The Marshal of the Sejm, elected for two years, shall be of the number serving among the Guardians, without entering into their decisions, solely in order to convoke a ready Sejm in the event that he recognize in the cases requiring the mandatory convocation of a ready Sejm, a true need, and the King demur at convoking it, when said Marshal shall issue to the Deputies and Senators circular letters convoking them to a ready Sejm and stating the causes of its convocation. The only cases requiring the mandatory convocation of a Sejm are the following: primo, in an exigency involving the law of nations, more particularly in the event of war hard by the borders; secundo, in the event of internal disorder that threatens revolution in the country or collision between magistracies; tertio, in evident danger of famine; quarto, in the country’s bereavement by death of the King, or in his dangerous illness. All decisions in the council of Guardians shall be discussed by the above-mentioned body of persons. The royal decision shall prevail after all opinions have been heard, that there be a single will in the execution of law. Therefore every decision from the Guardians shall issue under the King’s name and with the signature of his hand, but it shall also be signed by one of the ministers seated among the Guardians, and thus signed, it shall oblige obedience, and shall be carried out by the commissions or by any executive magistracies, but particularly in such matters as are not explicitly excluded by this law. In the event that none of the seated ministers wish to sign the decision, the King shall abandon the decision, but should he persist in it, the Marshal of the Sejm shall request convocation of the ready Sejm, and if the King delay convocation, the Marshal shall convoke it.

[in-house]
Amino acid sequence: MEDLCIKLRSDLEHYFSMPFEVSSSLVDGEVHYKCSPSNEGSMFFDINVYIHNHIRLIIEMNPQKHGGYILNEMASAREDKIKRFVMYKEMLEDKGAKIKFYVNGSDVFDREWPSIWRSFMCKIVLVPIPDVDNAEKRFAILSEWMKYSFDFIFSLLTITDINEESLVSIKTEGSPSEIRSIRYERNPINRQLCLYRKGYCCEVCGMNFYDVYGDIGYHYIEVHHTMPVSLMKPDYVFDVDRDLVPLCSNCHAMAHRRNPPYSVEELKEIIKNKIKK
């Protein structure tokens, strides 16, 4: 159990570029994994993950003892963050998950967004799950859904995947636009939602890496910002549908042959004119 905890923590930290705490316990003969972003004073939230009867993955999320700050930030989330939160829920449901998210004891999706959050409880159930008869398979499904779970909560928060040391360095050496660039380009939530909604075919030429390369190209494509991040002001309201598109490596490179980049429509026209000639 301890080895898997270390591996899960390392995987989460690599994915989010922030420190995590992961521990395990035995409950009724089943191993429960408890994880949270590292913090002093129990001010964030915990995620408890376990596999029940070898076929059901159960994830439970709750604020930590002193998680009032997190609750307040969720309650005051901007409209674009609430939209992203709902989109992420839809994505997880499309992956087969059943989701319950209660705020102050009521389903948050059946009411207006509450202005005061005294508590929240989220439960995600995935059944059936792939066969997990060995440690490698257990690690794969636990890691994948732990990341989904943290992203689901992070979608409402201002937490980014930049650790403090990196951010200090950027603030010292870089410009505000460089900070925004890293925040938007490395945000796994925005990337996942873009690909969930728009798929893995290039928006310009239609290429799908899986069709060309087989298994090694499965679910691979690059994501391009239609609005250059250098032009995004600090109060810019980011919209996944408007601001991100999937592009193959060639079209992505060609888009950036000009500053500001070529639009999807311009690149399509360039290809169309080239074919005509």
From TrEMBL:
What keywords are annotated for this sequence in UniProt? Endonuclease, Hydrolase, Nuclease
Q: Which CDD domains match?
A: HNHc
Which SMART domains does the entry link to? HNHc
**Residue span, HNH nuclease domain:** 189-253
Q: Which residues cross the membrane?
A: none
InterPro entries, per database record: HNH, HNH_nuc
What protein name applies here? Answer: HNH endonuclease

Even as to appointment of all ministers, so also is it the King’s right to summon one of them from every department of administration to his council of Guardians. This summoning of a minister to sit among the Guardians shall be for two years, with the King’s free reconfirmation of it. Ministers summoned to the council of Guardians shall not sit in commissions [i.e., ministries].
In the event that a two-thirds majority of secret votes of the two conjoint Chambers of a Sejm demand change of a minister either in the Guardians or in an office, the King shall immediately appoint another in his place.